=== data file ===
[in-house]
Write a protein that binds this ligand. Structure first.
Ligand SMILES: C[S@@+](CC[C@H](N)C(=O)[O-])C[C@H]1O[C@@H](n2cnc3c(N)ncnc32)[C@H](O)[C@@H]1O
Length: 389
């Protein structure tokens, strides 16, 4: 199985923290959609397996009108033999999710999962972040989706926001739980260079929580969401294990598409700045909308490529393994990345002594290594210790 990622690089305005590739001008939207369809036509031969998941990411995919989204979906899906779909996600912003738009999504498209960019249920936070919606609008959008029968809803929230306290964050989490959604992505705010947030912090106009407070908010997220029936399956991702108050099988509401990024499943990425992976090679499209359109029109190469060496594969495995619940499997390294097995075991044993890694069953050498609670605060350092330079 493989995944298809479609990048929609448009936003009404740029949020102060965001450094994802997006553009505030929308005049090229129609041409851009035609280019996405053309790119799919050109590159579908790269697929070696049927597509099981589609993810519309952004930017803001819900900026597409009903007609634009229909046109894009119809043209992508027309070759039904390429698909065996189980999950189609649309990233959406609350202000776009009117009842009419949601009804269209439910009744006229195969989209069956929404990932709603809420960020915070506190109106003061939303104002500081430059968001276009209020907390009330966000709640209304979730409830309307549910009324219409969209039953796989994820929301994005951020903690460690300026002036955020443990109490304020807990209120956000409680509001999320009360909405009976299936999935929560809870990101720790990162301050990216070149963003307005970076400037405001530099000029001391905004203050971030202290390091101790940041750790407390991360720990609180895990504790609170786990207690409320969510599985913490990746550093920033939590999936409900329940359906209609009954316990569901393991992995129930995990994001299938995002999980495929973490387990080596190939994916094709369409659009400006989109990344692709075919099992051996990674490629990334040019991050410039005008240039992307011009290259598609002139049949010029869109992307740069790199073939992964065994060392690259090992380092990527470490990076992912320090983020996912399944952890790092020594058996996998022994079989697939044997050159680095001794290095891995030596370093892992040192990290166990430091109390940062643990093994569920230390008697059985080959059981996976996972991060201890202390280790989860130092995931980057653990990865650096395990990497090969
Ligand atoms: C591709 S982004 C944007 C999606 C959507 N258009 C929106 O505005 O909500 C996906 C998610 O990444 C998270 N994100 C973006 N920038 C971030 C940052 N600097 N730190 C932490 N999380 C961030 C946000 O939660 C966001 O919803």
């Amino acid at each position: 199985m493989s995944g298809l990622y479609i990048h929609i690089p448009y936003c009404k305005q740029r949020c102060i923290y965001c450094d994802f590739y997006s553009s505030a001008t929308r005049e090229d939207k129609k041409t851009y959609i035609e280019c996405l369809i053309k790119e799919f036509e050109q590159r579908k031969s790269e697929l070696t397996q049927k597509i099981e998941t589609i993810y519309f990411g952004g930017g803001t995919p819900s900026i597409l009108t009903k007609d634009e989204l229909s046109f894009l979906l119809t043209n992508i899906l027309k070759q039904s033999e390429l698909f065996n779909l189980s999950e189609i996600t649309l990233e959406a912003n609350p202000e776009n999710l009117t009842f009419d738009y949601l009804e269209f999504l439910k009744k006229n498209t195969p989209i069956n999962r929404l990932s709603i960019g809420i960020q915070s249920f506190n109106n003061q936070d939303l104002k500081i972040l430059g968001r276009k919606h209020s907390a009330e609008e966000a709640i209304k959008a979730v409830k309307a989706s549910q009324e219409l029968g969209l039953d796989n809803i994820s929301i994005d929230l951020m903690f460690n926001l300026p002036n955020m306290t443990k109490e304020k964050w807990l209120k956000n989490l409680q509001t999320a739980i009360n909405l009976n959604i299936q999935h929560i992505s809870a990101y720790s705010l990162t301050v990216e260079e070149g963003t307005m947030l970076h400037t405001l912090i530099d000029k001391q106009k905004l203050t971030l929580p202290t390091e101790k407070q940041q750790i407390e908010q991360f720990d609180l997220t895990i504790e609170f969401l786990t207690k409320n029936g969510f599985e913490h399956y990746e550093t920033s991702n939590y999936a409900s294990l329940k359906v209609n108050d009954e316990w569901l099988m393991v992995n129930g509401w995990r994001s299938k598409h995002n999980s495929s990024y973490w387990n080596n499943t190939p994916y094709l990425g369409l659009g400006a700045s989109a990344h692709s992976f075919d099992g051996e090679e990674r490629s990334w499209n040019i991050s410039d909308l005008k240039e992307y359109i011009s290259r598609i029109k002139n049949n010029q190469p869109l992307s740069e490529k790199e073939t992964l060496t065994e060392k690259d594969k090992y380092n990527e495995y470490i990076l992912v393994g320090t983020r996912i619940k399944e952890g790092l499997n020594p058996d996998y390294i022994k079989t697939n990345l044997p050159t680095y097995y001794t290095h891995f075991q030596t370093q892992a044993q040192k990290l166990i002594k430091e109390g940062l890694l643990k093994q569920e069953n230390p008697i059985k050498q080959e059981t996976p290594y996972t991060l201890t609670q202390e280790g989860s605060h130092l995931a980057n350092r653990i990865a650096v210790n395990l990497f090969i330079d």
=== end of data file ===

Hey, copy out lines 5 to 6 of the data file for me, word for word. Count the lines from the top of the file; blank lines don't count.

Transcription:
């Protein structure tokens, strides 16, 4: 199985923290959609397996009108033999999710999962972040989706926001739980260079929580969401294990598409700045909308490529393994990345002594290594210790 990622690089305005590739001008939207369809036509031969998941990411995919989204979906899906779909996600912003738009999504498209960019249920936070919606609008959008029968809803929230306290964050989490959604992505705010947030912090106009407070908010997220029936399956991702108050099988509401990024499943990425992976090679499209359109029109190469060496594969495995619940499997390294097995075991044993890694069953050498609670605060350092330079 493989995944298809479609990048929609448009936003009404740029949020102060965001450094994802997006553009505030929308005049090229129609041409851009035609280019996405053309790119799919050109590159579908790269697929070696049927597509099981589609993810519309952004930017803001819900900026597409009903007609634009229909046109894009119809043209992508027309070759039904390429698909065996189980999950189609649309990233959406609350202000776009009117009842009419949601009804269209439910009744006229195969989209069956929404990932709603809420960020915070506190109106003061939303104002500081430059968001276009209020907390009330966000709640209304979730409830309307549910009324219409969209039953796989994820929301994005951020903690460690300026002036955020443990109490304020807990209120956000409680509001999320009360909405009976299936999935929560809870990101720790990162301050990216070149963003307005970076400037405001530099000029001391905004203050971030202290390091101790940041750790407390991360720990609180895990504790609170786990207690409320969510599985913490990746550093920033939590999936409900329940359906209609009954316990569901393991992995129930995990994001299938995002999980495929973490387990080596190939994916094709369409659009400006989109990344692709075919099992051996990674490629990334040019991050410039005008240039992307011009290259598609002139049949010029869109992307740069790199073939992964065994060392690259090992380092990527470490990076992912320090983020996912399944952890790092020594058996996998022994079989697939044997050159680095001794290095891995030596370093892992040192990290166990430091109390940062643990093994569920230390008697059985080959059981996976996972991060201890202390280790989860130092995931980057653990990865650096395990990497090969
Ligand atoms: C591709 S982004 C944007 C999606 C959507 N258009 C929106 O505005 O909500 C996906 C998610 O990444 C998270 N994100 C973006 N920038 C971030 C940052 N600097 N730190 C932490 N999380 C961030 C946000 O939660 C966001 O919803």